Bowen’s newest boat on the cutting-edge of technology
A BRAND new boat filled with cutting-edge technology is set to allow one Bowen fisherman to venture beyond the Great Barrier Reef to fish further, quicker and more efficiently than ever before.
Arabon Seafoods owner and operator Terry Must has recently taken acquisition of a freshly-built boat, which will allow him to regularly fish beyond the Great Barrier Reef.
Built in Brisbane's The Yard facility, it was the first fishing trawler the shipbuilder had ever built and perfectly encompassed Mr Must's "vision" for a new-age vessel.
The 45ft boat is more fuel efficient than traditional trawlers, consuming almost half as much diesel as others in his fleet, however, the most unique aspect of the boat is its technology.
The boat contains 3D mapping sonars to help Mr Must find the perfect location to trawl for the lucrative ruby snapper beyond the Great Barrier Reef.
"These fish are very much a restaurant fish and at the moment it's quite difficult to know where to go for them," Mr Must said.
"This boat is quicker than others so it'll get out to those locations easier, but once we're out there we can map the sea floor and understand where the fish are.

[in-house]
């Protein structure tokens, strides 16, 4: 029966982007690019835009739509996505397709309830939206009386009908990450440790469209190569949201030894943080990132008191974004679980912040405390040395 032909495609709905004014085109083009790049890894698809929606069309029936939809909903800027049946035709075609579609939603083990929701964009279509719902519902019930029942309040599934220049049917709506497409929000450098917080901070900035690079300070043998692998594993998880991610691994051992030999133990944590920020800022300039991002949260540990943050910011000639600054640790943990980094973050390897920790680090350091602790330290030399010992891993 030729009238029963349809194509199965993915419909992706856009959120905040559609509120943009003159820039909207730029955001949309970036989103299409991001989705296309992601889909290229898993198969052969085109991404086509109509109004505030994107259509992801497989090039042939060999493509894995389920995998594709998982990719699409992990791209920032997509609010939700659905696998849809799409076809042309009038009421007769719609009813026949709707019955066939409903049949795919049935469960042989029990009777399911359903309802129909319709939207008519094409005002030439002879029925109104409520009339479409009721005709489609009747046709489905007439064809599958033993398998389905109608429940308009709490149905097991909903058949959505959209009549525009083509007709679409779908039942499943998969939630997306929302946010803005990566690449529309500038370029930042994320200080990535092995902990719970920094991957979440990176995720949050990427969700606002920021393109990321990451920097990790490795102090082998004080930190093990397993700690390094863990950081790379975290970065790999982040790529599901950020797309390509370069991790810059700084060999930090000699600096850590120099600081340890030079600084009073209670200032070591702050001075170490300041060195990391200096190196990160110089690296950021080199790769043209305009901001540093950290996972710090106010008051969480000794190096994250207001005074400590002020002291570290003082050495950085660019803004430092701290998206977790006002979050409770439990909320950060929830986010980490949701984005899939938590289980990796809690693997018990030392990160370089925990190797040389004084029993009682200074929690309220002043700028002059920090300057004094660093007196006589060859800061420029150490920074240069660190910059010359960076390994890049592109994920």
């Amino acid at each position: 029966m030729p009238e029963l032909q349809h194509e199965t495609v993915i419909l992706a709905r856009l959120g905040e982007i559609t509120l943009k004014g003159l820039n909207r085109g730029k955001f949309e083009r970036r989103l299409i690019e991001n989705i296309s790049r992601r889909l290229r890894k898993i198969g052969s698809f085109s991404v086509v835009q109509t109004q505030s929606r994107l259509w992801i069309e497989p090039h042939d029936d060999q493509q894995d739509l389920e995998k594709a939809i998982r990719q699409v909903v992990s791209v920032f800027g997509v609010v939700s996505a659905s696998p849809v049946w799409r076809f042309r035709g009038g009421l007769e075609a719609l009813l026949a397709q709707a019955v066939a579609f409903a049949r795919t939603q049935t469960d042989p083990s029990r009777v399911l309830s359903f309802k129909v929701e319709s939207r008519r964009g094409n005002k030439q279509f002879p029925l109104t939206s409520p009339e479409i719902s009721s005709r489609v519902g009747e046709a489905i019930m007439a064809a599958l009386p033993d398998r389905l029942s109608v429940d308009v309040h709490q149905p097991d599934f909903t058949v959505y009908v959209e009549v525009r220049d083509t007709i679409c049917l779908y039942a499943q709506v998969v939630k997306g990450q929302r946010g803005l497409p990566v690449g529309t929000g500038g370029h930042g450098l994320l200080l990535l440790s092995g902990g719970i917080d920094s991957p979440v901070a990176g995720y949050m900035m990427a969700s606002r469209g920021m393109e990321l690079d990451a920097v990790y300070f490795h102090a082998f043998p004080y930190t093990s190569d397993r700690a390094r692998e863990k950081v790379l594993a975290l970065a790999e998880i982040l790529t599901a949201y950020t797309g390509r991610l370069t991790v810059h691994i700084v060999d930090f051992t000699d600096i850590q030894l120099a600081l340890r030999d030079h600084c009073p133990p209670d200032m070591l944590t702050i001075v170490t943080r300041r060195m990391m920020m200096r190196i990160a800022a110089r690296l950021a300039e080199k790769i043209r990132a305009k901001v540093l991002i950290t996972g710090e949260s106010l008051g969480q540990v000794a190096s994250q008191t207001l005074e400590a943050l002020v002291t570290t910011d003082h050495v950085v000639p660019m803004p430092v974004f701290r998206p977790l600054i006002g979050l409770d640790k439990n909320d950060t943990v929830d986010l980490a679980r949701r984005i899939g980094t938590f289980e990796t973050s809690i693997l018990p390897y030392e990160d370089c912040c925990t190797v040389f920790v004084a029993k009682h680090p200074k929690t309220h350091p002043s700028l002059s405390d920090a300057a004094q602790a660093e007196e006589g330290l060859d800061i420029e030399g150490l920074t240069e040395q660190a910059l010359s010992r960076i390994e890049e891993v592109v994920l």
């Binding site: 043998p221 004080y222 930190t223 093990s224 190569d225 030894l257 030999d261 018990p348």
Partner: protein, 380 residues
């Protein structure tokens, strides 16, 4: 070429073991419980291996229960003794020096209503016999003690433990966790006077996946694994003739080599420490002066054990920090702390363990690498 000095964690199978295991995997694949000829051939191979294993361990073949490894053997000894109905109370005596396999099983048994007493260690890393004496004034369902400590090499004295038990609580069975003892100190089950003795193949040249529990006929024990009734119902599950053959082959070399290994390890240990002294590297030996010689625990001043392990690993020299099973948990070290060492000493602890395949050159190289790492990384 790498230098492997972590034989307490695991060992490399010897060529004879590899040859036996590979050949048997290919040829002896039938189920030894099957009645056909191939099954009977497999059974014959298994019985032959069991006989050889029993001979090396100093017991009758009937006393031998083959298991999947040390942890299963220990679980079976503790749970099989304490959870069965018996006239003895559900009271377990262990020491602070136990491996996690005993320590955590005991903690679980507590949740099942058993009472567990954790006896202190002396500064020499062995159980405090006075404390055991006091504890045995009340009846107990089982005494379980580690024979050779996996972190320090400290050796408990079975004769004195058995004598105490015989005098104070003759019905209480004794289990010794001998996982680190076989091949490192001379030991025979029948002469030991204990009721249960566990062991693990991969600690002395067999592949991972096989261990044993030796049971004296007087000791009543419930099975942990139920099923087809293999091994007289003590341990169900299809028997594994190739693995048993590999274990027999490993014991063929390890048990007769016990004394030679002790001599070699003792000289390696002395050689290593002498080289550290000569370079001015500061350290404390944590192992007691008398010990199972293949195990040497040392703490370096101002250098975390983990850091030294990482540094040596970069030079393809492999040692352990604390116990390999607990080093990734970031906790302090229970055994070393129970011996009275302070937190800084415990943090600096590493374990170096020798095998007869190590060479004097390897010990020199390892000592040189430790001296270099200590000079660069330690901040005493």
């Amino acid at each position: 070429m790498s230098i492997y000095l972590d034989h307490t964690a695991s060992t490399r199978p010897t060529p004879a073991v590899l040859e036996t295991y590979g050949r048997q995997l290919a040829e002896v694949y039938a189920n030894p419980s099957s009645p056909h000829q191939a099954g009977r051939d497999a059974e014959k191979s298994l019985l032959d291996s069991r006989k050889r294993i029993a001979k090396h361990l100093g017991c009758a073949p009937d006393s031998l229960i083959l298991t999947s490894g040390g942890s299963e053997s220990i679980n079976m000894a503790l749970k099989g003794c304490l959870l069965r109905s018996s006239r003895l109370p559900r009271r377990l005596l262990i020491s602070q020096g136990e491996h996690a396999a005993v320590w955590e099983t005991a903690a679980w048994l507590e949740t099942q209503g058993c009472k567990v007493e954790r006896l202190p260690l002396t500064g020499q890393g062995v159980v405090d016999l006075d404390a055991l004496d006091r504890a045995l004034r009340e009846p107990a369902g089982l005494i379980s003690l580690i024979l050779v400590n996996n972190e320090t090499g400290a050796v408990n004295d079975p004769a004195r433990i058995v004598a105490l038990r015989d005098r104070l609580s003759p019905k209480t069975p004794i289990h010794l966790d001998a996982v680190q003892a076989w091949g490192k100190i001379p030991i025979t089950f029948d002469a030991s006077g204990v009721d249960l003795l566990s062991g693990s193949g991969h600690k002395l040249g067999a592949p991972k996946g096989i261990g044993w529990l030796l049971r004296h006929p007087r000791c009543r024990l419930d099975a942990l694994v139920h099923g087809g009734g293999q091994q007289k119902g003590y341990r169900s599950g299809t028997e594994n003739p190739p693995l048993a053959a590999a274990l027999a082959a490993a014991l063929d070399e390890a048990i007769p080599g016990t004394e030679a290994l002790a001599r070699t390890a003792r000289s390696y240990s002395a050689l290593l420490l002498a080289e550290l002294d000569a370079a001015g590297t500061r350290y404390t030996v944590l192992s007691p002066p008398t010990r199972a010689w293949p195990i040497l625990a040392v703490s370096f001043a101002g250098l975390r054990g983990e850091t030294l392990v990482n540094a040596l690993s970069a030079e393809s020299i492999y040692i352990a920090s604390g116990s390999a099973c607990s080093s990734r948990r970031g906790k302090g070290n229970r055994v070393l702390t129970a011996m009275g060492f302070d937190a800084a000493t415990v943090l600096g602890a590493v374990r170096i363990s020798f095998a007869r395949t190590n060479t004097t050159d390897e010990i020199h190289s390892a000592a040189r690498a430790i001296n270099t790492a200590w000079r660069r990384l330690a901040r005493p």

"Every fish lives in its own depth level and these fish live in the underwater mountains beyond the reef at about 400 to 500 metres below sea level, so this technology will let us map out those areas and find the fish very precisely.
"We're mapping over a kilometre wide when this sonar technology is on, so we know everything below and around us."
Mr Must said he was inspired to learn and integrate the technology from another fisherman in the Whitsundays and had since learnt of fishermen in Innisfail who were fishing beyond the reef with great success using the same technology.
He said coronavirus had anecdotally made the domestic market more successful, so there was no concern about taking acquisition of a new boat in the current climate.
"There's probably a few months of fitting out this boat with winches, an annex and trawling equipment and then they say it takes around 12 months to properly learn the technology, so it's not the worst time to be learning," he said.
"There's still not much (fish) going overseas but there's a demand in the domestic market," he said.
"Our retail store has been busier than ever so I view this boat as an investment for the future. We can sell in our store and whatever excess we have can be sold to wholesalers.
"We still have Brisbane calling us for fish twice a week and just this morning Townsville called me. It will only continue when there's more options to get our product overseas again."
Ironically, Mr Must said the vessel's shipyard mate also ended up in the Whitsundays.
"Hamilton Island coincidentally had a ferry built in the dock next to this boat and both were launched at the same time," he said.
"They're built for fuel efficiency, we'll just be using them for two very different purposes."